We came across this interesting study titled “Association of Daily Step Count and Step Intensity With Mortality Among US Adults,” published in the Journal of the American Medical Association. As the title suggests, researchers compared the health outcomes of a sample of 4.840 US adults aged 40+ based on three classifications of step count (less than 4K per day, between 4K and 8K, and over 8K) and three proxies for intensity: extended bout cadence, peak 30-minute cadence, and peak 1-minute cadence (steps/min).
The conclusions were pretty clear:
Compared with taking 4K steps per day, taking 8K steps per day was associated with 51% lower all-cause mortality. The higher the sept count the lower the incidence of death: taking 12K steps per day dropped all-cause mortality by 65%.Saint-Maurice PF, Troiano RP, Bassett DR, et al. Association of Daily Step Count and Step Intensity With Mortality Among US Adults. JAMA. 2020;323(12):1151–1160.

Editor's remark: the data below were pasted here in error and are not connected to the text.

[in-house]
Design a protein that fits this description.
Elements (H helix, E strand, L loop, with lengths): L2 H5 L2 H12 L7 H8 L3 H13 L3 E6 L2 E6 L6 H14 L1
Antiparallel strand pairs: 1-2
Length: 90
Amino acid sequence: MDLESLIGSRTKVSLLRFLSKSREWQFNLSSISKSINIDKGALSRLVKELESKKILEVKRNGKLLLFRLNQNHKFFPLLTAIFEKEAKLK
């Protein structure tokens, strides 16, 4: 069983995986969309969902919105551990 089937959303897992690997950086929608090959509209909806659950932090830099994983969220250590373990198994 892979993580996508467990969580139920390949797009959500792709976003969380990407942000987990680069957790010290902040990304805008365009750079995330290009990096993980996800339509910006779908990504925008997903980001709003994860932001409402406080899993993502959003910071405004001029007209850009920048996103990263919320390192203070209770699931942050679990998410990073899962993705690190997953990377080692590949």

Volume trumps intensity
Interestingly, the level step intensity was not as good a predictor of mortality: “Greater step intensity was not significantly associated with lower mortality after adjustment for total steps per day” (the highest vs lowest quartile of peak 30 cadence was only 10% apart in likelihood of mortality rates).
This study is observational, so it points to correlation but does not prove causality. Nevertheless, we think that it is a consistent argument for focusing on the simple stuff when it comes to longevity. It makes our commitment to log in those daily 10K steps that much more meaningful!
The data for the study was drawn from the CDC’s National Health and Nutrition Examination Survey (NHANES), a program of studies designed to assess a nationally representative sample of the health and nutritional status of adults and children in the United States.